Bengaluru startup Pixxel aims to launch a constellation of Earth observation small satellites whose data can have multiple applications in agriculture and other sectors. Its first satellite was good to go on a Soyuz rocket this month, but the launch was put off to March next year because the main satellite riding on the Russian vehicle wasn’t ready.
Makers of small satellites have to piggyback on rockets that have large payloads.
“Since ours is a rideshare satellite, we can’t call the shots on the timeline,” says Awais Ahmed, co-founder and CEO of Pixxel. “Our second satellite is booked for launch on a SpaceX rocket in the latter half of 2021. We have also been in talks with new players like Rocket Lab who have a small-satellite launch vehicle.”
Miniaturization and off-the-shelf electronics, thanks in part to tech developed for smartphones, has opened up the scope for Low Earth Orbit constellations of small satellites. These are emerging as alternatives to large multipurpose satellites, promising to broaden the commercial use of satellite data analytics. But the availability of launch slots on large rockets is a bottleneck.
Small is big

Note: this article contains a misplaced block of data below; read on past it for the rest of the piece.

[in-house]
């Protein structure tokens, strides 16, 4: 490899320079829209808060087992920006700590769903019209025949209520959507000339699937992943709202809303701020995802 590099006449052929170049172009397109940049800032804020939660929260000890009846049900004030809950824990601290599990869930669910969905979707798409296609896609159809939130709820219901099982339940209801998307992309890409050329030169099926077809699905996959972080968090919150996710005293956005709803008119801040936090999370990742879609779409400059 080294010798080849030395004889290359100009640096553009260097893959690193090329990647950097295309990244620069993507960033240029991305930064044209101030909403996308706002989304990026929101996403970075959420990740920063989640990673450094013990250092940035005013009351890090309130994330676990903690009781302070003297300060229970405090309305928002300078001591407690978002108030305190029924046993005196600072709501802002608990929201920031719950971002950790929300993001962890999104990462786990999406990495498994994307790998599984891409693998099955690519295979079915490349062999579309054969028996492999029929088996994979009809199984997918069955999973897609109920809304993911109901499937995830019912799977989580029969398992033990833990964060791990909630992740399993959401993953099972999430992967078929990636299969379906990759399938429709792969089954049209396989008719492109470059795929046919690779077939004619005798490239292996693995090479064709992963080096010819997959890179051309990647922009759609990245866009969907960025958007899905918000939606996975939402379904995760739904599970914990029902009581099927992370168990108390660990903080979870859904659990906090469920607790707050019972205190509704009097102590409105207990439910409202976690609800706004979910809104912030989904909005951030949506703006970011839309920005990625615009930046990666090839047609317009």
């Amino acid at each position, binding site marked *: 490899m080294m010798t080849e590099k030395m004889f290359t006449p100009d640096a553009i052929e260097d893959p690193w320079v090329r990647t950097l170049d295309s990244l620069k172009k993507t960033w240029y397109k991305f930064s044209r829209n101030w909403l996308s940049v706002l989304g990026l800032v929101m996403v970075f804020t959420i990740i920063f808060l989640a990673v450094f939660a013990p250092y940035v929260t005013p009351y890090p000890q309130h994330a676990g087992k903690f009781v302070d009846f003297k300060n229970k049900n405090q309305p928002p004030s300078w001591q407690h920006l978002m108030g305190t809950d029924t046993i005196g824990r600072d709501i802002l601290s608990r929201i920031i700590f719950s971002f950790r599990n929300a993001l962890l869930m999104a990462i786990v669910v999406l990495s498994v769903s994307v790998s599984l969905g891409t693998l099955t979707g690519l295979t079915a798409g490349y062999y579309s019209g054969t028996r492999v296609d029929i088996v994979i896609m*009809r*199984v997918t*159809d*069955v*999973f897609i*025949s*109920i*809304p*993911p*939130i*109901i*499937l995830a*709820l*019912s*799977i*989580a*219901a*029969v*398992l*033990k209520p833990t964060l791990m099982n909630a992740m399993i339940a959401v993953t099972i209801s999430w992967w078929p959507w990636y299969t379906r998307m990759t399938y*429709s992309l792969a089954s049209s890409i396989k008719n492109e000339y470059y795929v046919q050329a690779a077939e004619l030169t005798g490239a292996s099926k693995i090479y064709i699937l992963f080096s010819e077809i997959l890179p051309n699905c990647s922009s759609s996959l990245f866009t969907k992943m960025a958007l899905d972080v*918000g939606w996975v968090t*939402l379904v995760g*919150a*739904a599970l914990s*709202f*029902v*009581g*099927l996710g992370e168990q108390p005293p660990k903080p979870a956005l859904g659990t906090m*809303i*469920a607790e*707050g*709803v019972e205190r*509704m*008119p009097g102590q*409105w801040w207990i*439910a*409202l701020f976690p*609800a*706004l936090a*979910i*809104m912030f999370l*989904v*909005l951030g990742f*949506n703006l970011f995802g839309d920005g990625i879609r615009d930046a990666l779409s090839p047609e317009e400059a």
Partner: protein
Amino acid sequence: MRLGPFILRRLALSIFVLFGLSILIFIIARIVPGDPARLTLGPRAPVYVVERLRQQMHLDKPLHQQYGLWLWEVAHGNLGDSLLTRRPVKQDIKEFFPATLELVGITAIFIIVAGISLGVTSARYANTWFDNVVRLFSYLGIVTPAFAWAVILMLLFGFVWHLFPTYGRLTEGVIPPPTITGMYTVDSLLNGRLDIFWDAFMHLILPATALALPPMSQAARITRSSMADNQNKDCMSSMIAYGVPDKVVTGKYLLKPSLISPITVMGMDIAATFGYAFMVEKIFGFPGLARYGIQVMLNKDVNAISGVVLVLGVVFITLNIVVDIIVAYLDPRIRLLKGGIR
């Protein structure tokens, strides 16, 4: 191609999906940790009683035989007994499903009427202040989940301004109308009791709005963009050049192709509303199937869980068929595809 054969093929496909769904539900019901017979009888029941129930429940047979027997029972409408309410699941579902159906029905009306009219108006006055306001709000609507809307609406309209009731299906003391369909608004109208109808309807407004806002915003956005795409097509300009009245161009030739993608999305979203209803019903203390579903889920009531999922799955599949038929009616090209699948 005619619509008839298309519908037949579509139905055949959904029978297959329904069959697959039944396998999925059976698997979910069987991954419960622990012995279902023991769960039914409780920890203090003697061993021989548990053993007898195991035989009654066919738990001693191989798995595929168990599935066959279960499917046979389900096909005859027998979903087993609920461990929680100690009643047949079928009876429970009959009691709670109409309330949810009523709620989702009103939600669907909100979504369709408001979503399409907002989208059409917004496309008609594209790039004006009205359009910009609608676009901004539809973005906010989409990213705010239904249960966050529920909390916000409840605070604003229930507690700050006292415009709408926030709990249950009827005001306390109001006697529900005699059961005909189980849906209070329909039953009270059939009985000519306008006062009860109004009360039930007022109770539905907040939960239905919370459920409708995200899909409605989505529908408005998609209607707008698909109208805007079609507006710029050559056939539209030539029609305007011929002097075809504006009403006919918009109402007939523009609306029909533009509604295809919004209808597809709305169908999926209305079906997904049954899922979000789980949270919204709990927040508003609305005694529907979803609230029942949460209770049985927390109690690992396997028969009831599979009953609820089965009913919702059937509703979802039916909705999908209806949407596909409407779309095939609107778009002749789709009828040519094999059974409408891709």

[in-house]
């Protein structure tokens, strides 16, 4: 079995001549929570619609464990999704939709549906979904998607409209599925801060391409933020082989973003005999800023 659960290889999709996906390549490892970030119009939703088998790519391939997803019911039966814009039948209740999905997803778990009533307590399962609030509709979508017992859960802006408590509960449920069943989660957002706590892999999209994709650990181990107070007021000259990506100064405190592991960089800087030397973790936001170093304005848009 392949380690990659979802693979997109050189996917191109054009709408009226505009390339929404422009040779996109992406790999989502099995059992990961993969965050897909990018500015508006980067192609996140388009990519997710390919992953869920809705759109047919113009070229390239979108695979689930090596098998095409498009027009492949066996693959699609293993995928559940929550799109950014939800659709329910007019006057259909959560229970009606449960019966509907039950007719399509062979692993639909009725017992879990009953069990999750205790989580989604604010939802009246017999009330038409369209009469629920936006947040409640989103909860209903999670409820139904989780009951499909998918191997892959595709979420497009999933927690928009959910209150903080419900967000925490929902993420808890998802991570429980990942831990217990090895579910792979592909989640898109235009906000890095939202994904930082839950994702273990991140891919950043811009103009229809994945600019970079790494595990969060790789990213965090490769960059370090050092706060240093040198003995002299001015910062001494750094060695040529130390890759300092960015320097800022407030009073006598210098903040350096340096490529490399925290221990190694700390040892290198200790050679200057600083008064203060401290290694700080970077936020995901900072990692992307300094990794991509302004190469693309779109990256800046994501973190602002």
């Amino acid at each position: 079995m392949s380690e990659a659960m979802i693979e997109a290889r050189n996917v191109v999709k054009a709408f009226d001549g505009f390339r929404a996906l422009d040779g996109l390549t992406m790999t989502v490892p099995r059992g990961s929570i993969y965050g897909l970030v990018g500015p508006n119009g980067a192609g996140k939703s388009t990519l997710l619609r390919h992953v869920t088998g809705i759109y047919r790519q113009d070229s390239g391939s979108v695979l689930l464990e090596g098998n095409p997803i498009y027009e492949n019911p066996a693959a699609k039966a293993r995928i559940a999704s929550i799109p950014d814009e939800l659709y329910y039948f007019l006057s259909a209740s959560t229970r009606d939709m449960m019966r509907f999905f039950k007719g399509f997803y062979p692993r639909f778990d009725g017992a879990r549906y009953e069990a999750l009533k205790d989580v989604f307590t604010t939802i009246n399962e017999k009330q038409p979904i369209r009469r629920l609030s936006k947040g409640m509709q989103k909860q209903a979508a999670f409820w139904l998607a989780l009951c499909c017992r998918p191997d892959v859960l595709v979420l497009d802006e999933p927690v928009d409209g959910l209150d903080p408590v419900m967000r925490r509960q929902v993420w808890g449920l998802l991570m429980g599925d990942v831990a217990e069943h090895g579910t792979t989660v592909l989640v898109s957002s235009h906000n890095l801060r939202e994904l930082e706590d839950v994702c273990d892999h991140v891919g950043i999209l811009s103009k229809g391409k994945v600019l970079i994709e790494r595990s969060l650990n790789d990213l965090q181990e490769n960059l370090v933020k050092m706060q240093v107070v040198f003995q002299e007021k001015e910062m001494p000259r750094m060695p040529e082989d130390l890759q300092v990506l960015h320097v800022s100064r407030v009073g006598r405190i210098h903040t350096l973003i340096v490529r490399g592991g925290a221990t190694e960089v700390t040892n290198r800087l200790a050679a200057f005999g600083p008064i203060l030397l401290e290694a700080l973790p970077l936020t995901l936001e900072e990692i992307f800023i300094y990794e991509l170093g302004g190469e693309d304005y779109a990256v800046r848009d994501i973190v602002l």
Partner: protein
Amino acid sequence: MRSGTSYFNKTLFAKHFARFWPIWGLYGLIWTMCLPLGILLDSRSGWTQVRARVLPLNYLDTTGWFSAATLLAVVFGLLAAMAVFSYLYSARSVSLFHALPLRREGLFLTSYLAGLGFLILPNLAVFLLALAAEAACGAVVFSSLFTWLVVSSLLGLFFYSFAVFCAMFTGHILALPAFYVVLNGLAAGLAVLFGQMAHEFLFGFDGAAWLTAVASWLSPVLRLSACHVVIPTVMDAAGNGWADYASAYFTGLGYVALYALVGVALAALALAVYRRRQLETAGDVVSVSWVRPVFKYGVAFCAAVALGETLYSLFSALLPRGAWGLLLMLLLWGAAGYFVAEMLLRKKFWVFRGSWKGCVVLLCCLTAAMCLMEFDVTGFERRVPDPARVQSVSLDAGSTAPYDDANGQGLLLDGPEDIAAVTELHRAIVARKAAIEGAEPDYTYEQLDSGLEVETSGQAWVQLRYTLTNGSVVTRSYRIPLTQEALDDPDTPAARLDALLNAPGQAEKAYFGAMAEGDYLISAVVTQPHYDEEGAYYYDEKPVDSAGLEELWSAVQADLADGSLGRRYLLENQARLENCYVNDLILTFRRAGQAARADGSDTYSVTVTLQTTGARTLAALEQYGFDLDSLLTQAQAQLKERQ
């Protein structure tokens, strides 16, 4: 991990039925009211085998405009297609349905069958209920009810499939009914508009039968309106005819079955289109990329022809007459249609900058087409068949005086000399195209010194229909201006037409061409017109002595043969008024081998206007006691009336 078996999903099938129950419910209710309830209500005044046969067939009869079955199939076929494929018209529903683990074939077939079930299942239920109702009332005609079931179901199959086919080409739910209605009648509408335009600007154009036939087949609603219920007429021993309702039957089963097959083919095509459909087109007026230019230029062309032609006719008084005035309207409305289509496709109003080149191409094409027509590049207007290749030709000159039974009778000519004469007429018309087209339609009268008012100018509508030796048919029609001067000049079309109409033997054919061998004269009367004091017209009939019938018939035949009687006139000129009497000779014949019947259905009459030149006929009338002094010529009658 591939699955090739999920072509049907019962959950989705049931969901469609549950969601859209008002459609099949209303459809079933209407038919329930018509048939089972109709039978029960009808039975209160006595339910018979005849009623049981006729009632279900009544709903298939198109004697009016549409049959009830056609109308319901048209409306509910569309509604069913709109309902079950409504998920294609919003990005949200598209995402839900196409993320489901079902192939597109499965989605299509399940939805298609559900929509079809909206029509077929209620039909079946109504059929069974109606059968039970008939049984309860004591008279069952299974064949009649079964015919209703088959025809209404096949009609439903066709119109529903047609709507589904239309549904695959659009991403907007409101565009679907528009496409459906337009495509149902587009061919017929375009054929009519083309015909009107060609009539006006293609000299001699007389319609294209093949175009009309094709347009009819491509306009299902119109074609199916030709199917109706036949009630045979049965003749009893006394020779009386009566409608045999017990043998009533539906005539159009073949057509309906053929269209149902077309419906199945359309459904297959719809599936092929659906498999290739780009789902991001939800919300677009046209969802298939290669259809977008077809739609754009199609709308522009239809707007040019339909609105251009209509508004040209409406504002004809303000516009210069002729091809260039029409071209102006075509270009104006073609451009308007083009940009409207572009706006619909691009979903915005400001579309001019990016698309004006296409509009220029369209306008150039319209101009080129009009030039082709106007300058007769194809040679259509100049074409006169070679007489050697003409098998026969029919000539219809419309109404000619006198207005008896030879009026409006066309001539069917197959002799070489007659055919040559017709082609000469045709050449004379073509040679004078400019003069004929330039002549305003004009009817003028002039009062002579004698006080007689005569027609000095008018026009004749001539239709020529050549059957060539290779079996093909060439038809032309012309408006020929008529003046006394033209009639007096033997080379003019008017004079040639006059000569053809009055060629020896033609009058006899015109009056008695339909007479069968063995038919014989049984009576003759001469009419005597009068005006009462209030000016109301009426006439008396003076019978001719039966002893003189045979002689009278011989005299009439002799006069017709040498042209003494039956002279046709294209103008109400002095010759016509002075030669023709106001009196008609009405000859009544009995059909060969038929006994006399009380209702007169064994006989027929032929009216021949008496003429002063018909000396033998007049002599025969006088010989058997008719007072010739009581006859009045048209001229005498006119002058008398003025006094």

Hence the emergence of dozens of startups developing small-satellite launch vehicles. US-based Rocket Lab has already proved its viability, launching its 15th commercial payload last month with 10 small satellites. Its next mission later this month aims to deploy 30 small satellites.
Two Indian startups in this space are Hyderabad-based Skyroot and Chennai-based Agnikul. Skyroot hit a key milestone in August with the successful test of its launch vehicle’s upper-stage engine which delivers thrust for the last leg of the rocket’s journey before payload deployment.
The test validated the use of new material and 3D-printed design to reduce the engine’s mass and development time. Its propellant makes the engine restartable, allowing deployment of multiple satellites into different orbits in the same mission.